The subject matter is complex but rendered in simple prose. The chapters are short, the book a mere 80 pages, and Rovelli says most of his time writing was spent editing: the content of a theory is reduced to its simplest proposition and the implications of its conclusion are given an elegant, philosophical gleam. But there are omissions and the reader is left wanting, such as on the emergence of the book's central characters. Although the book describes a time-less and space-less universe that transcends individuality, there are great individuals who populate it: the geniuses. It's a term Rovelli uses a lot, applying it to Einstein, Bohr, Maxwell, and Heisenberg. The geniuses burn bright with hubris and doubt, increasing scientific knowledge in real terms but forever dissatisfied. Rovelli attempts, in line with that ideology of youthful rebellion, to explain where geniuses come from—"Einstein attended occasional lectures as a student for pleasure, without being registered or having to think about exams. It is thus that serious scientists are made"—but they remain mysterious creatures, so I ask how geniuses are made. Shouldn't a history of science look at the historical conditions of an era and how they contribute towards the emergence of breakthroughs rather than focusing on a few great men? Doesn't scientific knowledge have a sociohistorical character, operating within society like the rest of us?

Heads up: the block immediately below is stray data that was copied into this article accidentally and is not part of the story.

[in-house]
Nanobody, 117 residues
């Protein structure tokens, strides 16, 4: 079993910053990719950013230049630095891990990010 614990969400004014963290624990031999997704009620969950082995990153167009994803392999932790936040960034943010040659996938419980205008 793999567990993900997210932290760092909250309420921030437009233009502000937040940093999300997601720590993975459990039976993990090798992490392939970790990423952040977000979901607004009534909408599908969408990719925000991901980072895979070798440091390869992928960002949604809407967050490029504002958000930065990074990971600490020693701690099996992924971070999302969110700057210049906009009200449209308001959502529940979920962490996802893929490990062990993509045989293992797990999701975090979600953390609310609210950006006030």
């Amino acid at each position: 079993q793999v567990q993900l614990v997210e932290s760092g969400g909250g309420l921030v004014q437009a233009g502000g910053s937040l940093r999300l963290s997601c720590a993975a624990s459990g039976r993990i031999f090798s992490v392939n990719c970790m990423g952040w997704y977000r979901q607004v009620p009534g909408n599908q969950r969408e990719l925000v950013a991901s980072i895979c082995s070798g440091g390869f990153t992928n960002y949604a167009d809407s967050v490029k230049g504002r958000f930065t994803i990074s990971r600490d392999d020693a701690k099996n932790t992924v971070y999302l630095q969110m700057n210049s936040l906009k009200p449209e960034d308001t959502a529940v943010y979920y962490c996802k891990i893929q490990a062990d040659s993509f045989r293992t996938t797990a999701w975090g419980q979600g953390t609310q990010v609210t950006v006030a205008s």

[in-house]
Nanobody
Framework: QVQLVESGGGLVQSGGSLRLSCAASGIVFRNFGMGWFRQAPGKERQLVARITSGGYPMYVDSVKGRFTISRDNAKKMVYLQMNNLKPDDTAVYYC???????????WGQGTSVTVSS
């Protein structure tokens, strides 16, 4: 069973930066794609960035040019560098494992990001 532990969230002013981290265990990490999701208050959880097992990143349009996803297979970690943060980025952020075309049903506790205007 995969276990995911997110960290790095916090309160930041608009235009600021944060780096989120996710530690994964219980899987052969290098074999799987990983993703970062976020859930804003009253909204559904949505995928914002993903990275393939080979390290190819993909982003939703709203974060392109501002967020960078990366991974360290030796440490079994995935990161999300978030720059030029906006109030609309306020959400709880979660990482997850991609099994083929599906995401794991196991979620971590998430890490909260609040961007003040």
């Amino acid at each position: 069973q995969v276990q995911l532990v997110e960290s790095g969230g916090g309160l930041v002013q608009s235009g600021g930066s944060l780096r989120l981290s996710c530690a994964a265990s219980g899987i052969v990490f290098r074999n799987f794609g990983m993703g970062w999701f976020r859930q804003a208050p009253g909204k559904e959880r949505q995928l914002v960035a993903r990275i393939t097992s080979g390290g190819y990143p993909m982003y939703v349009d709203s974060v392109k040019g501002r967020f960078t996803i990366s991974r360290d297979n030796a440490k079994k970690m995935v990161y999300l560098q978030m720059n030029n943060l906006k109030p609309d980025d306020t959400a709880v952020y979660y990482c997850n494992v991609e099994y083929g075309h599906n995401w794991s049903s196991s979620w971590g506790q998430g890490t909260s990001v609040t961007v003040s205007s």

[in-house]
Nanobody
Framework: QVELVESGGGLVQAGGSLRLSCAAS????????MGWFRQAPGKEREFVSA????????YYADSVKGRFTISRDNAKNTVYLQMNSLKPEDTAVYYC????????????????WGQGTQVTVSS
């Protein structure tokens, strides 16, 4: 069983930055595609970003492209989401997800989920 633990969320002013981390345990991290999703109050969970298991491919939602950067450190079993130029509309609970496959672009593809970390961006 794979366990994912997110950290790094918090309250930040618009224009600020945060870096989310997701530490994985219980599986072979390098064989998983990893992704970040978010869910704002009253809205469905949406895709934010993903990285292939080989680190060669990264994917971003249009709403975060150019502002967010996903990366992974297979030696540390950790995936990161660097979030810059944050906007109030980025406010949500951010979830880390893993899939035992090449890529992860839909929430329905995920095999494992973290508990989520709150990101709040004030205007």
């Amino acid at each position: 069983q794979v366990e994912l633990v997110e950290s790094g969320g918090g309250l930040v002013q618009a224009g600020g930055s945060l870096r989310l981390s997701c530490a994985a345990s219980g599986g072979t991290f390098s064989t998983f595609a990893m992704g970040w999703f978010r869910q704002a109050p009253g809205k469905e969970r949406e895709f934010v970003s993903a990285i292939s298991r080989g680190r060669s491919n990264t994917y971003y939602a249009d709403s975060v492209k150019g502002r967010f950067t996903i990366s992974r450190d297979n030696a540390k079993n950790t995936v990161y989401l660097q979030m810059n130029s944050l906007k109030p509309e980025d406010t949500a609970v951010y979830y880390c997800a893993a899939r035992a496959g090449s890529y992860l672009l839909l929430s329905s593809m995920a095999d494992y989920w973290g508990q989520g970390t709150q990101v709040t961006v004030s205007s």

He pauses for some time. He replies that it might be the case that there are certain ideas that "happen to coalesce" around certain individuals, but then hesitates: "But if that were true, how was it possible that Einstein did so many things? He didn't do one great thing, he did six or seven. So obviously he had the right tools." He's worried that emphasizing the historical truth of a claim to knowledge leads to relativism, according to which one can't say what is objectively true. It's the first unsatisfying response that he's given in our time together, and he senses it. "Look," he adds, "Einstein developed special relativity, which is all about simultaneity, while working in a patent office on projects for French, German, and Swiss trains that had the problem of synchronizing their clocks between stations. So the technological problems of his time impacted his theory. Likewise, thermodynamics came out when people in England started making steam machines and were able to see heat in action. More than that, the entire ideology in your head affects the way you think about the world. But, with all this, you understand what heat is—and it remains true! You understand the earth is a sphere and it's not a sphere because feudalism went down, it's a sphere, period! Maybe it's true we understood it once we freed our minds from feudalism, but it remains a fact that it's a sphere, and it's going to be a sphere forever!"